Befriending

“Our first task is to befriend death. I like that expression “to befriend.” I first heard it used by Jungian analyst James Hillman when he attended a seminar I taught on Christian Spirituality at Yale Divinity School. He emphasized the importance of “befriending”: befriending your dreams, befriending your shadow, befriending your unconscious. He made it convincingly clear that in order to become full human beings, we have to claim the totality of our experience; we come to maturity by integrating not only the light but also the dark side of our story into our selfhood. That made a lot of sense to me, since I am quite familiar with my own inclination, and that of others, to avoid, deny, or suppress the painful side of life, a tendency that always leads to physical, mental, or spiritual disaster. . . .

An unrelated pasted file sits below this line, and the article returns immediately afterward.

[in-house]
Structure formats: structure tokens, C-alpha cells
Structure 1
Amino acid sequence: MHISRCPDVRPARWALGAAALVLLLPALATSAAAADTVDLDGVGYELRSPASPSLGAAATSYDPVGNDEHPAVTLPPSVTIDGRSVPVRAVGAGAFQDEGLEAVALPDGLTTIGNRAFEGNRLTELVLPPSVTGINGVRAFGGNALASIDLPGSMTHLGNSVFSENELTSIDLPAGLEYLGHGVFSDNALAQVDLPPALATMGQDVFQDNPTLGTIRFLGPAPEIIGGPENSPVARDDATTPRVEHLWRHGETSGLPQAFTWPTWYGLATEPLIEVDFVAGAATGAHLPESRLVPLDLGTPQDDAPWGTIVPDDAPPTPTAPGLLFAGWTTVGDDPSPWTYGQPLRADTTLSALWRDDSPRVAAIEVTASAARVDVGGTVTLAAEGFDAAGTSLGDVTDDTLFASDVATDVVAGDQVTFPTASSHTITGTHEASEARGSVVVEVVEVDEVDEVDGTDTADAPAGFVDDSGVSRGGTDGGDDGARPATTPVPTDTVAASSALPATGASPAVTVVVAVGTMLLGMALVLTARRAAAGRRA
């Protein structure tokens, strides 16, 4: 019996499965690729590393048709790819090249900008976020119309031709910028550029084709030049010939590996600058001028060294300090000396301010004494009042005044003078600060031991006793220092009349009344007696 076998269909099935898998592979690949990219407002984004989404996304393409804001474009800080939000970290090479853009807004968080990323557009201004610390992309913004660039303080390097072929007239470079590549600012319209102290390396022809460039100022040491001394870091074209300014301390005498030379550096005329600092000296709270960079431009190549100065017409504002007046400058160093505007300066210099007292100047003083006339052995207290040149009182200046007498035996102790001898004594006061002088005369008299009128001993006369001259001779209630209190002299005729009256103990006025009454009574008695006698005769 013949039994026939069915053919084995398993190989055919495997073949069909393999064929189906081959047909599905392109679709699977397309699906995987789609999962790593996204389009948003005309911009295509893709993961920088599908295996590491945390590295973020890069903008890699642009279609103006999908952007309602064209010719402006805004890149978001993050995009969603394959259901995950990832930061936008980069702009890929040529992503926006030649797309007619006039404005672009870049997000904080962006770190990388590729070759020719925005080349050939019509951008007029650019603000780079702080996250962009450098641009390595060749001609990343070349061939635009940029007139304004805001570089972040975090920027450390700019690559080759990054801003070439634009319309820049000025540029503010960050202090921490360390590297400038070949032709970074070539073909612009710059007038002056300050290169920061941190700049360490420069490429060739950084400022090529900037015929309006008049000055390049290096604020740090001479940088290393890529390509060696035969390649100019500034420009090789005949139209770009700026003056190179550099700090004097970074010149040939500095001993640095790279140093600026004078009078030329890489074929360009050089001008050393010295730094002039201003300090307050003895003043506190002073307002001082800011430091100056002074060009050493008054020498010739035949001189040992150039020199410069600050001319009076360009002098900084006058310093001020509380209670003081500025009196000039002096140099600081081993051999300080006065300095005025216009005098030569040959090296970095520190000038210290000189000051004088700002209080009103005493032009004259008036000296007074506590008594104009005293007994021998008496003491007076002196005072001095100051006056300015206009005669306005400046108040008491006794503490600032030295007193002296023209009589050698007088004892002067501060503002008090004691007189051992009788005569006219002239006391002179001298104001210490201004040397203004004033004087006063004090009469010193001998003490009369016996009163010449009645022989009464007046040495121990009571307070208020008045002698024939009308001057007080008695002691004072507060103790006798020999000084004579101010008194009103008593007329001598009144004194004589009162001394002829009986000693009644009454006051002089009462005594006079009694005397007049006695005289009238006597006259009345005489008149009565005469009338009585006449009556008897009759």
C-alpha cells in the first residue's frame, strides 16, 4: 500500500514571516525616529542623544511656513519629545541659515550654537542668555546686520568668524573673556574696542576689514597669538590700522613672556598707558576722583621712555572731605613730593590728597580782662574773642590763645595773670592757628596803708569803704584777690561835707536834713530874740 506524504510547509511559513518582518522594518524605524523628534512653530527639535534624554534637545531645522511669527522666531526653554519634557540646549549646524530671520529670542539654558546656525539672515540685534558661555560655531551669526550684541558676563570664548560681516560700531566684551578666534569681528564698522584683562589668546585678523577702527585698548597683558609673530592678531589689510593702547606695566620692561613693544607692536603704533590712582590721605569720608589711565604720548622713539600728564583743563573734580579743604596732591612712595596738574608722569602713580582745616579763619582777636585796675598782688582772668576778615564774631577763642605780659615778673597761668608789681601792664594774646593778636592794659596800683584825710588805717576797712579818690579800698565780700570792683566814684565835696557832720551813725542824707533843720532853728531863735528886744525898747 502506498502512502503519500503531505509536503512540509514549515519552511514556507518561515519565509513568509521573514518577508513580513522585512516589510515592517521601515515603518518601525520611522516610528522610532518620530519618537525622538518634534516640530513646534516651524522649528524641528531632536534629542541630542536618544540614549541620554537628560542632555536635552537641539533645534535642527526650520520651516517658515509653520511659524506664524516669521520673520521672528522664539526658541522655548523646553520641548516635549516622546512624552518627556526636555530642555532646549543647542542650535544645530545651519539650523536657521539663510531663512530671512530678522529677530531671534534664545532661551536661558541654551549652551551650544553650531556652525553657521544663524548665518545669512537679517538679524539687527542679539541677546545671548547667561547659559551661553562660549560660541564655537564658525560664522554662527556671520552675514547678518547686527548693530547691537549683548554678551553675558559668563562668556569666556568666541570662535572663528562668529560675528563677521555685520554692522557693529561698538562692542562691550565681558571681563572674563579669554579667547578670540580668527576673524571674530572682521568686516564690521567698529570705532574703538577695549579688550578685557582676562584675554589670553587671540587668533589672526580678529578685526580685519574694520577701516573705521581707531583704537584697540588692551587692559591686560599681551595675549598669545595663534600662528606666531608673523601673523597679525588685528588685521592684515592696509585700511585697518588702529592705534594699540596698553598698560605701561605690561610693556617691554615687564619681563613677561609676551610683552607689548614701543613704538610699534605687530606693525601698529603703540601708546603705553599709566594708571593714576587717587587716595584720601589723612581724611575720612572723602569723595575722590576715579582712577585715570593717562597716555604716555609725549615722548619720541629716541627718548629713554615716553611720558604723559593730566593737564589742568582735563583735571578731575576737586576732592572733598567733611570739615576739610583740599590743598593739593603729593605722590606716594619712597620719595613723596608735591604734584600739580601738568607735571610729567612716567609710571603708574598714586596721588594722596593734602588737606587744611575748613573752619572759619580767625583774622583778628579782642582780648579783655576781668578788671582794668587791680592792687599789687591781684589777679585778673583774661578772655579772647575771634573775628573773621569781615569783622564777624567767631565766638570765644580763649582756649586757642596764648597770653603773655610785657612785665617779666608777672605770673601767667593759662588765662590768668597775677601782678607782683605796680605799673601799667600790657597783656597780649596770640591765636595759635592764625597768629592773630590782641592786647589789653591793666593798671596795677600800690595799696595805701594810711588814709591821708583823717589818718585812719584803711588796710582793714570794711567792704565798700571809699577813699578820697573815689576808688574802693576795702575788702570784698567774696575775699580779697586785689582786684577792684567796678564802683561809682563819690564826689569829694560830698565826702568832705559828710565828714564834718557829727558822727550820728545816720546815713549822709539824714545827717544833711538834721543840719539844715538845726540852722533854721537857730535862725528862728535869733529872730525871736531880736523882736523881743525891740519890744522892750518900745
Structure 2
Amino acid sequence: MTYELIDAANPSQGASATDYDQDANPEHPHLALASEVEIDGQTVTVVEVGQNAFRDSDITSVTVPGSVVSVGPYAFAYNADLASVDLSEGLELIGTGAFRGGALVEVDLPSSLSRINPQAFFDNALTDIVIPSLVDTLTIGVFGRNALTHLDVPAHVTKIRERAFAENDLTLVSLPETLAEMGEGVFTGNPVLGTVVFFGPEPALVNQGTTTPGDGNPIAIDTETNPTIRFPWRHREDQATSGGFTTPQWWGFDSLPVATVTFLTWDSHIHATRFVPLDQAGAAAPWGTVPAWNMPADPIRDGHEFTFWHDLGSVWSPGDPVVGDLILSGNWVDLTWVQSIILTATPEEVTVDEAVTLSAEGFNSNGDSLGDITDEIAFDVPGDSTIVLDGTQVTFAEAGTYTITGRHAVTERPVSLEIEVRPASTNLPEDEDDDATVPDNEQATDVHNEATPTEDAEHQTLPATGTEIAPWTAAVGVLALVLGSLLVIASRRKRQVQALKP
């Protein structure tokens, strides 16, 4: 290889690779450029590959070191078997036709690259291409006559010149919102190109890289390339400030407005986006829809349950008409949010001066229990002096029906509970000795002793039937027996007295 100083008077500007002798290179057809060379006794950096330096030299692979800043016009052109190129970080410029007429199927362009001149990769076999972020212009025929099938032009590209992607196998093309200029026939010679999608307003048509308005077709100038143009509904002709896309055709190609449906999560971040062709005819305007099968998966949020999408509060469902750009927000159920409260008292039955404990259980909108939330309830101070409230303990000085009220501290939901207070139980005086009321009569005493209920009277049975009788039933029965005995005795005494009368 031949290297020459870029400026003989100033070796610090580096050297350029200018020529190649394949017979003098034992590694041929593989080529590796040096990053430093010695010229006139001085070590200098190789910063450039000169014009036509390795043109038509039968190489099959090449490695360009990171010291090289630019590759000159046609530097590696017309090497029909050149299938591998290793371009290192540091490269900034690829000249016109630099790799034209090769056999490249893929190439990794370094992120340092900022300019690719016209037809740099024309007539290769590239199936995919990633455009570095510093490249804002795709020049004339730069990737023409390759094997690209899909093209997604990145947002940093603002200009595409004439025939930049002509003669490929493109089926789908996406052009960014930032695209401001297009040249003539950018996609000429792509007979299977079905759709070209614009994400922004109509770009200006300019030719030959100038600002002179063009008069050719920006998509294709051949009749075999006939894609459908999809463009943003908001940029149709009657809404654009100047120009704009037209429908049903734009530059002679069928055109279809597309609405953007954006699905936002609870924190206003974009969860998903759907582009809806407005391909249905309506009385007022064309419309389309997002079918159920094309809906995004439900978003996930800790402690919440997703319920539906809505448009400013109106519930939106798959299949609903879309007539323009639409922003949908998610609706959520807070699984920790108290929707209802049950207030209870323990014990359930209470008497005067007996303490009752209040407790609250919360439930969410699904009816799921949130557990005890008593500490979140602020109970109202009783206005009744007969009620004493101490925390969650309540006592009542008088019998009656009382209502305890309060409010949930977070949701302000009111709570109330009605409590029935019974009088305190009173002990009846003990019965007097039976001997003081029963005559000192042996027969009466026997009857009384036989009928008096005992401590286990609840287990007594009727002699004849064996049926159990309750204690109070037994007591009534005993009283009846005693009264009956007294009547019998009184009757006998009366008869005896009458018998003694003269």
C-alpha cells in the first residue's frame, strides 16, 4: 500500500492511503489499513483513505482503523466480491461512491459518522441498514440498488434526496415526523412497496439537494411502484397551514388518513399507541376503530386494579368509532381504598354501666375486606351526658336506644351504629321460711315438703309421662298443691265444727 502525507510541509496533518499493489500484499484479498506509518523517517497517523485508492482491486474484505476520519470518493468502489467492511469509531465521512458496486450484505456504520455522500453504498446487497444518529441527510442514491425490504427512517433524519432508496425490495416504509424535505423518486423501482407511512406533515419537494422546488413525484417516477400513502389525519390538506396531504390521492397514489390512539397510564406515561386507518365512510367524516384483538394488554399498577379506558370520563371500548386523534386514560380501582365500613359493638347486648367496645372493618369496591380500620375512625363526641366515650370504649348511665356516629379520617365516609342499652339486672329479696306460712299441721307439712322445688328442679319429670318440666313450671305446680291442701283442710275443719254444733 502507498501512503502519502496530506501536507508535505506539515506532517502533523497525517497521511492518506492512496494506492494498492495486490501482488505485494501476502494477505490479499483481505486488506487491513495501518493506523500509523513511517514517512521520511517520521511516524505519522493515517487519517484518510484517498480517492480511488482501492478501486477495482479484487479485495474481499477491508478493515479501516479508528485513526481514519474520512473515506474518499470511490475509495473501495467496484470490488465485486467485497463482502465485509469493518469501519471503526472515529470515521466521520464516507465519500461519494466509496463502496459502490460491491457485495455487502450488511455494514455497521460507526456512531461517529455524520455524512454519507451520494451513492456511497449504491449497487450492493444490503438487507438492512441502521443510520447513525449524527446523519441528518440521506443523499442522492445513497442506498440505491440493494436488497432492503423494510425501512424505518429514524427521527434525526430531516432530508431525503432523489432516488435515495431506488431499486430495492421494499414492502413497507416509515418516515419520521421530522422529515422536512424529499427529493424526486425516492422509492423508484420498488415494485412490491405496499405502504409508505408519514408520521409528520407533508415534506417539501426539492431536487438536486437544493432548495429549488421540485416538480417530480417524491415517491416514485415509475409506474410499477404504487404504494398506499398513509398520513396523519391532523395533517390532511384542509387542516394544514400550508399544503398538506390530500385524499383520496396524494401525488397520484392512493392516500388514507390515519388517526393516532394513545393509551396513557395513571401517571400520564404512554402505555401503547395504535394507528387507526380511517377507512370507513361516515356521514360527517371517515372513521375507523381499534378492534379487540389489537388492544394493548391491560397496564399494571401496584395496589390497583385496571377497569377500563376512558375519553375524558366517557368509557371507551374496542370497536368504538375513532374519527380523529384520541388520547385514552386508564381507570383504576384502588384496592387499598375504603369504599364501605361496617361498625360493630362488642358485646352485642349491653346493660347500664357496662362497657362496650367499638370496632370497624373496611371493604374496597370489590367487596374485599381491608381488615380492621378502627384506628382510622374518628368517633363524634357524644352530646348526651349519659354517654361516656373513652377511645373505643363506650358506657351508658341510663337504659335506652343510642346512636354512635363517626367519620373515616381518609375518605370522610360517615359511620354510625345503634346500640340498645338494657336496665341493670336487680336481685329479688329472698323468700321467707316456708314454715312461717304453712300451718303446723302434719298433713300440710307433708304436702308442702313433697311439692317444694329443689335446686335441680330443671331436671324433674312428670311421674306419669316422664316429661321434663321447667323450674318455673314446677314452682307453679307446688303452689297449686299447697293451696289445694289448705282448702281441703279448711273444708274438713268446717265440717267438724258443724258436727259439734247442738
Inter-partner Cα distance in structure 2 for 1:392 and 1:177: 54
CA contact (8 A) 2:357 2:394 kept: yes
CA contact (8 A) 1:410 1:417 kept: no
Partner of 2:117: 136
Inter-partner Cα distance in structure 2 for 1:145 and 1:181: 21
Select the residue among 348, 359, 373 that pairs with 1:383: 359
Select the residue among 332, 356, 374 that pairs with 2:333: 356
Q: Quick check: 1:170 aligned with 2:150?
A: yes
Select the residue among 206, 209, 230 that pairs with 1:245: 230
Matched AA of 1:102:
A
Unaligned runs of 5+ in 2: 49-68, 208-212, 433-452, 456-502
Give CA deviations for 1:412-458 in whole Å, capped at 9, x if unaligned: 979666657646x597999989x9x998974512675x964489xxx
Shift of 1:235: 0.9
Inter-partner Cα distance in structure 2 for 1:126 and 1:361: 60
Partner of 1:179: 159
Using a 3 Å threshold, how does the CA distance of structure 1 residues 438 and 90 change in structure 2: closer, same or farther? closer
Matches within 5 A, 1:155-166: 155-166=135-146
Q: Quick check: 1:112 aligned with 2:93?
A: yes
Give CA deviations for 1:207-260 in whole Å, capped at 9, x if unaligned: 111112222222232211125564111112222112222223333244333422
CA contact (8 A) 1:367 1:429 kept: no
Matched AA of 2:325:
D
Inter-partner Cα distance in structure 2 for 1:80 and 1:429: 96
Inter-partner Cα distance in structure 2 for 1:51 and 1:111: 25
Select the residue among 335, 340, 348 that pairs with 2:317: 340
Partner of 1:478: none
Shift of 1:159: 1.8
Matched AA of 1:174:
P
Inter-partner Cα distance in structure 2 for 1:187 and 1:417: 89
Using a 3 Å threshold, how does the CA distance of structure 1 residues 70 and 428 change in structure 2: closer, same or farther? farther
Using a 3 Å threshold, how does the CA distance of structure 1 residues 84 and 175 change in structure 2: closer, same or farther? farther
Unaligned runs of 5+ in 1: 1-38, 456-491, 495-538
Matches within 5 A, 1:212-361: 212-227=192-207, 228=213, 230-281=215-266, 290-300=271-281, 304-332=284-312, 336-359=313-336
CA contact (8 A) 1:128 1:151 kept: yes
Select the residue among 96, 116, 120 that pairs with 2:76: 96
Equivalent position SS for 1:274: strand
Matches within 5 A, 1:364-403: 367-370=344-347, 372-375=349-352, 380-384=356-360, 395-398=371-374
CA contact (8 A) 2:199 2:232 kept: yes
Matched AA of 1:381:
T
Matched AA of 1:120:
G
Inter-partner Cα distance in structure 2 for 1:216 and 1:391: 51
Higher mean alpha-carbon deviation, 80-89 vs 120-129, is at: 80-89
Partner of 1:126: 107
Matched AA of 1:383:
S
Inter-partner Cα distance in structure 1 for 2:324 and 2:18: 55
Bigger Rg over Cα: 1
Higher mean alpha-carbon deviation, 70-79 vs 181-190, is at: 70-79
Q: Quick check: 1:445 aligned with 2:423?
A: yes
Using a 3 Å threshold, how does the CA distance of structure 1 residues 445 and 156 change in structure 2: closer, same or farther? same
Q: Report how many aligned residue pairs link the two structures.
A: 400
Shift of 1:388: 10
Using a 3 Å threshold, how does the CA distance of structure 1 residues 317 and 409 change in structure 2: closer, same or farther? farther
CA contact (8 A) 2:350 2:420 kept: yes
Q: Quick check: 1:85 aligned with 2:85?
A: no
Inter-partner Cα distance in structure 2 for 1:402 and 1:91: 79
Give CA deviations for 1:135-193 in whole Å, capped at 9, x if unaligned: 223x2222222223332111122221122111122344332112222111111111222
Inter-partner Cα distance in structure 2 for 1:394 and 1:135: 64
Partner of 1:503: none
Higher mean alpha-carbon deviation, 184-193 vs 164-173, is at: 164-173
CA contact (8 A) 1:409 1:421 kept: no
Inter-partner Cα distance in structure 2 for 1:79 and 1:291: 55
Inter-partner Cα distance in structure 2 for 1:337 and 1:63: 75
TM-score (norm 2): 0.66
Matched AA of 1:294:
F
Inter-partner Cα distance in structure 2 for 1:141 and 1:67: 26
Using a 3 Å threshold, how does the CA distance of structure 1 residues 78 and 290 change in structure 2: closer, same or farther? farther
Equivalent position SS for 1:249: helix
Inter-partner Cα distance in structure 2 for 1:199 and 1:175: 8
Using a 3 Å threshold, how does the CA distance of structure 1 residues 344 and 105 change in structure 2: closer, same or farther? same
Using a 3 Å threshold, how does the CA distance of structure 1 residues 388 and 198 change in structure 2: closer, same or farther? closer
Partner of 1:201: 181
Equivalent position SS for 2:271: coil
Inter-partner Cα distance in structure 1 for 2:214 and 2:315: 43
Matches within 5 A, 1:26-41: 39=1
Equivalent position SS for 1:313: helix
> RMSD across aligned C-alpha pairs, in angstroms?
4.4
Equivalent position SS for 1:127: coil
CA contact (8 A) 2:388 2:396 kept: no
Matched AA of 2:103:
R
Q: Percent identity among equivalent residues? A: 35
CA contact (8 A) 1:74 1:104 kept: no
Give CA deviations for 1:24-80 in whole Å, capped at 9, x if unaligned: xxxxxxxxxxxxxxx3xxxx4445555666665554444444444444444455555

I have a deep sense, hard to articulate, that if we could really befriend death we would be free people. So many of our doubts and hesitations, ambivalences and insecurities are bound up with our deep-seated fear of death that our lives would be significantly different if we could relate to death as a familiar guest instead of as a threatening stranger.

But, whatever we think or hope, the way we will die is unpredictable and our worries about it quite fruitless. Still we need to be prepared. Preparing ourselves for our deaths is the most important task of life, at least when we believe that death is not the total dissolution of our identity but the way to its fullest revelation. Death, as Jesus speaks about it, is that moment in which total defeat and total victory are one. The cross on which Jesus died is the sign of this oneness of defeat and victory. Jesus speaks about his death as being “lifted up.” Fr. Henri Nouwen

Deo Gratias! Thanks be to God!

———————————————————————————–

An Invitation to A Homecoming Feast Celebrating the

Twenty Fifth Anniversary of

Temenos Catholic Worker

Father River Damien Sims, Director

Saturday, October 5, 2019

St. Luke’s Episcopal Church